Decorative Art 1950's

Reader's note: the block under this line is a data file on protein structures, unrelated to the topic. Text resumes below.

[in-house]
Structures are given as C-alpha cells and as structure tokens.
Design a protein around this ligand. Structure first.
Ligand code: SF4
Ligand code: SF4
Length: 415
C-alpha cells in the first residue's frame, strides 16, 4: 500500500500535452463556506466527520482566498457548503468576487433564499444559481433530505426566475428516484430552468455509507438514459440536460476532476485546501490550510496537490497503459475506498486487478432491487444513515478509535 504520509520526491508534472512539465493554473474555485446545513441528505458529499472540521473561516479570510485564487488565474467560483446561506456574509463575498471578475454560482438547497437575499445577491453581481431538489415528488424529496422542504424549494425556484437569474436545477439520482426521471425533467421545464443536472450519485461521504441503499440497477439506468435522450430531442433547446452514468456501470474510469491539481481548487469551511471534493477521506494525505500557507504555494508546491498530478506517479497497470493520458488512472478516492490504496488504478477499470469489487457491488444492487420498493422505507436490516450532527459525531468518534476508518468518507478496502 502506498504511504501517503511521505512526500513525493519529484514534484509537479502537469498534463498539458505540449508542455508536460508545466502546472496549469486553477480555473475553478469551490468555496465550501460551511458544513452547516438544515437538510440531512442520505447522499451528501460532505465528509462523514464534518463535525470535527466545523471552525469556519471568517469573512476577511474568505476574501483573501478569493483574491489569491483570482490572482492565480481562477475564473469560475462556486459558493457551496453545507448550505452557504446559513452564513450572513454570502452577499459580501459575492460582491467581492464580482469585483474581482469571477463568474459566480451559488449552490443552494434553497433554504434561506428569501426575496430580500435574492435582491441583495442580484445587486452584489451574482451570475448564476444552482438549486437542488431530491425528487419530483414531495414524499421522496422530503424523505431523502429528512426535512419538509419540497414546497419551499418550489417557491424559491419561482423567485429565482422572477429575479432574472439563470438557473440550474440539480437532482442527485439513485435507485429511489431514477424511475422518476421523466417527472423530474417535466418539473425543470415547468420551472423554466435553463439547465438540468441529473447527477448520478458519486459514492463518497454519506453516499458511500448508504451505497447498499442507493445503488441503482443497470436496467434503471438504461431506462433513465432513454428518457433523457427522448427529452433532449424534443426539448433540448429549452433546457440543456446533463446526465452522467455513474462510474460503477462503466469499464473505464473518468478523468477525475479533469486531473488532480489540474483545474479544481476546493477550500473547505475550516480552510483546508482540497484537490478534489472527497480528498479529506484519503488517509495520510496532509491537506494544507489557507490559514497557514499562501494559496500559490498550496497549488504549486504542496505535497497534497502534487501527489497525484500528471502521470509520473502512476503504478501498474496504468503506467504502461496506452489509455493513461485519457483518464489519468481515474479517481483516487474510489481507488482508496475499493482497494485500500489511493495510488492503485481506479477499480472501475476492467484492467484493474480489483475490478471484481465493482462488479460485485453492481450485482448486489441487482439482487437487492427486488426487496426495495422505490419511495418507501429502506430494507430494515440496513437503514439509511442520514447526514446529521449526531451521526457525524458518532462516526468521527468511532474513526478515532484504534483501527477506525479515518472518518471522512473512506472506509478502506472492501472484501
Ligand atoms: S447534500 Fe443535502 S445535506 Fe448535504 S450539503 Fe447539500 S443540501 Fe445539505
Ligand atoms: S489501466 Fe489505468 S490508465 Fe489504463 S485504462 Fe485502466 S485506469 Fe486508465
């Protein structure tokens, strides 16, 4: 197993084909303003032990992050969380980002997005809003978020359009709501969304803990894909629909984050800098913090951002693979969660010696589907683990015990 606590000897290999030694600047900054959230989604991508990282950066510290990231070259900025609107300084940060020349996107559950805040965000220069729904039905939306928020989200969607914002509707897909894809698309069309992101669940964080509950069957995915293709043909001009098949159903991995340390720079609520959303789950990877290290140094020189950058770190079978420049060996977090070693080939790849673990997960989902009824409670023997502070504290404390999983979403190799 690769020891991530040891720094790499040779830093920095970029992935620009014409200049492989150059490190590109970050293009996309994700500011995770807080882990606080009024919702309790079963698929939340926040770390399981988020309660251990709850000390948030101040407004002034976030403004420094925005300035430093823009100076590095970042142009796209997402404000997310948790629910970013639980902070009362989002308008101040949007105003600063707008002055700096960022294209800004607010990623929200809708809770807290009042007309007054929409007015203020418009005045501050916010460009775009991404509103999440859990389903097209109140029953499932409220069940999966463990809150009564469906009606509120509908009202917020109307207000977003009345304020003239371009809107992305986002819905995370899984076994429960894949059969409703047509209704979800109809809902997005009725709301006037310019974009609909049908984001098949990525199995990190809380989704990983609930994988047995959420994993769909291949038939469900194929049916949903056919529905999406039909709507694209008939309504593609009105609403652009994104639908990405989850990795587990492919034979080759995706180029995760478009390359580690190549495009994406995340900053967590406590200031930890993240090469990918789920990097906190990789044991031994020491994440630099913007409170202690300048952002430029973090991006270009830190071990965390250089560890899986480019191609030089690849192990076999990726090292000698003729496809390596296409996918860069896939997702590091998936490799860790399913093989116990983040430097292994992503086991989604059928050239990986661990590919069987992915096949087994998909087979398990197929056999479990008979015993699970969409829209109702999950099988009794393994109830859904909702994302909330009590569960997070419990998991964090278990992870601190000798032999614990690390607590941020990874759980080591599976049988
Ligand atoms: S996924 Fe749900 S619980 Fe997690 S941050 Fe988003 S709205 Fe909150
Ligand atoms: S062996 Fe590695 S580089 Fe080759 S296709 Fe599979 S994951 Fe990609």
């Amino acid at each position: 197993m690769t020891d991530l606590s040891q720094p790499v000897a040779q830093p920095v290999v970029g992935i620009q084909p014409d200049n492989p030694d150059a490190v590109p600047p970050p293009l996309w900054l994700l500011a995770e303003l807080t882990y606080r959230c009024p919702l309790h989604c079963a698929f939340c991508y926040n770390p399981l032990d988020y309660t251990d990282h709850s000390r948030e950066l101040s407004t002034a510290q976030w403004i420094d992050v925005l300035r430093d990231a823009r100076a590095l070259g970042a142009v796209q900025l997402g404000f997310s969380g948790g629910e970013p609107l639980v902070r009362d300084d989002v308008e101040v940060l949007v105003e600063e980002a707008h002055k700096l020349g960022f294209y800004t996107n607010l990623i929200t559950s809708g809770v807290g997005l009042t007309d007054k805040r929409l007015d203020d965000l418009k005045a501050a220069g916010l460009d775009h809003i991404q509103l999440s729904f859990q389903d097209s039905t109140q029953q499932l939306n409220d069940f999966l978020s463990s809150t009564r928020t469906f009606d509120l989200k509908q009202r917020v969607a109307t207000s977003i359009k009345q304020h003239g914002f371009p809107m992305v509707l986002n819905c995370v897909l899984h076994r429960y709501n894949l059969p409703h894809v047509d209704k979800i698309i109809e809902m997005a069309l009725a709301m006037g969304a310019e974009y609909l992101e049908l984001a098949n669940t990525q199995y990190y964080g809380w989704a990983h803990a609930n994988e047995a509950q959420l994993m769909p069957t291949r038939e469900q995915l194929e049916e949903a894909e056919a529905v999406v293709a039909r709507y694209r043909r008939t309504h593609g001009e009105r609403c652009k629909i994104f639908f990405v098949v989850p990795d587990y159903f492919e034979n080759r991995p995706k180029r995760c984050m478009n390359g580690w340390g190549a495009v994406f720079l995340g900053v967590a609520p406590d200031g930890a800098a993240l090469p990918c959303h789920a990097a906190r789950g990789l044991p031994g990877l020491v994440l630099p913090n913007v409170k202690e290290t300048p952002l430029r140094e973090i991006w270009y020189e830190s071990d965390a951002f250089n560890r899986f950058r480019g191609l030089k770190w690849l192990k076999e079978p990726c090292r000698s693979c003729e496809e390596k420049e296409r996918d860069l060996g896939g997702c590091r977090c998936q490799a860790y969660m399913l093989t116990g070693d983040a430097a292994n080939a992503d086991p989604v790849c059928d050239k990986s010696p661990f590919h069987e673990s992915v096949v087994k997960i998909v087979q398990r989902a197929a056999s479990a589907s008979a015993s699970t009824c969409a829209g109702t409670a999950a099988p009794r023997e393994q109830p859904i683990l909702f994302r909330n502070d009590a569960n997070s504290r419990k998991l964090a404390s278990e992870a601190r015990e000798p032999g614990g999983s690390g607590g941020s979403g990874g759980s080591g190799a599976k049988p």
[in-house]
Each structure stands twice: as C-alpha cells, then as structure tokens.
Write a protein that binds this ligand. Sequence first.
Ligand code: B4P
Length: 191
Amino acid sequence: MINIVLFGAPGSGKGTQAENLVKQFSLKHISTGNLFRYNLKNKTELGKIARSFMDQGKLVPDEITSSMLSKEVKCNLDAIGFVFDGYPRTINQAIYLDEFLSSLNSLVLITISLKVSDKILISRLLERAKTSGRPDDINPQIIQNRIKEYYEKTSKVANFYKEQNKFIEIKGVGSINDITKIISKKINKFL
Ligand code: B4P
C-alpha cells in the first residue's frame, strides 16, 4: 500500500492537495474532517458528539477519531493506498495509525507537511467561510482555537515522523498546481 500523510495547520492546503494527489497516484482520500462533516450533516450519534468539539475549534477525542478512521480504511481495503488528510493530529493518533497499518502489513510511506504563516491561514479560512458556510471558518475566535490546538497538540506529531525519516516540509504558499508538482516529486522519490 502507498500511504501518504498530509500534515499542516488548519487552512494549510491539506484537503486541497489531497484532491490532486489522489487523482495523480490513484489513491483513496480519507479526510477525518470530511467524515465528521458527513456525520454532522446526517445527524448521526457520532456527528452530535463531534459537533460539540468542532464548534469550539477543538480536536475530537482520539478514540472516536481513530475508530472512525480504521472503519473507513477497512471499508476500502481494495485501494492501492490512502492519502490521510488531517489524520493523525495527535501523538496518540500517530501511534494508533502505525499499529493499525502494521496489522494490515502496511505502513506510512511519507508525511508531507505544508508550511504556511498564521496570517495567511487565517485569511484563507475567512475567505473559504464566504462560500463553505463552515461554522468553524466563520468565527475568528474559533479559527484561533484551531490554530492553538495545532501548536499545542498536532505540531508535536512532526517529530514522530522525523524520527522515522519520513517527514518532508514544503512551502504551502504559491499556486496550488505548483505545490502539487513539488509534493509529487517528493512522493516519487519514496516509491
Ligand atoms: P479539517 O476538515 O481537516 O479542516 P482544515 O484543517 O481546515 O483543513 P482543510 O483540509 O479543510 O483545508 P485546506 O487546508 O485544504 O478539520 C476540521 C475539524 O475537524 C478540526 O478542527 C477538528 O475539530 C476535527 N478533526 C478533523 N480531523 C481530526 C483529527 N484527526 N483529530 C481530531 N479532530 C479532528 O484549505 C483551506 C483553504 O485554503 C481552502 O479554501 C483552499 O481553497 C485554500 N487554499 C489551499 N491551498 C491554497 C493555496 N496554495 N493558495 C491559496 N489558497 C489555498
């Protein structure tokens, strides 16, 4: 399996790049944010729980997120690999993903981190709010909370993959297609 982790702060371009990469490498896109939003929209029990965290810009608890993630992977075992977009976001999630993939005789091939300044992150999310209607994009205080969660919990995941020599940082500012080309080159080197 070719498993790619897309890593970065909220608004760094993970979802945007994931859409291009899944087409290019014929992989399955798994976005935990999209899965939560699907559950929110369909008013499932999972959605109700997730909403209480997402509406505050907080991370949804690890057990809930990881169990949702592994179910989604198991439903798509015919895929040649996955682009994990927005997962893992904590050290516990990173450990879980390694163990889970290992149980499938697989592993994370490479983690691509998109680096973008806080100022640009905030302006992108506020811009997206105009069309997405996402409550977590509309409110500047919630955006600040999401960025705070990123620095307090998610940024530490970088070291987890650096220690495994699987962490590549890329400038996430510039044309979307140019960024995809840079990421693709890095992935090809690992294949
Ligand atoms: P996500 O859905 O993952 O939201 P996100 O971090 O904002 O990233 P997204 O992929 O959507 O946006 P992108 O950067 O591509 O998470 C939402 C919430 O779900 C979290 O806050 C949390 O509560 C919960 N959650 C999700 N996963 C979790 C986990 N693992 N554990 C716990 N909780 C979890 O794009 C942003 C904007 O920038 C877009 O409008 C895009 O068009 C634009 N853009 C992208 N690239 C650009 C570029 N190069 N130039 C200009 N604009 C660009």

In 1893, as design progressed towards the 20th century, a specialist publication the "Studio Magazine" was founded focusing on innovative fine and decorative art. In 1906 it produced its first ""Decorative Art Yearbook""; its last in 1980. These Yearbooks became invaluable sources of inspiration for designers, as well as comprehensively tracing the history of the many fields covered -- architecture, interior design, furniture, ceramics, metalware and glass design. These TASCHEN reprints have carefully reproduced the original layouts, selecting the key pages from each year and grouping the disciplines, providing the professional and the enthusiast with an essential overview of trends and styles in each decade. The spirit of optimism and the fervent consumerism of the 1950s found themselves reflected in the design of the times. Technology and construction had been enervated by research during the war and these discoveries could now be applied in peacetime. As plastics, fibreglass and latex were popularised, they literally reshaped the decade. Rising incomes and post-war rebuilding on both sides of the Atlantic led to a massive housing boom in both the suburbs and inner cities, and these abodes were furnished and decorated in the new way. While European design was extraordinarily inventive, American design was looking to an idealised vision of the future -- between them a modern idiom was developed that can be seen vividly on the pages of ""Decorative Art,"" from such famous innovators as Charles and Ray Eames, George Nelson, Hans Wegner and Gio Ponti. 


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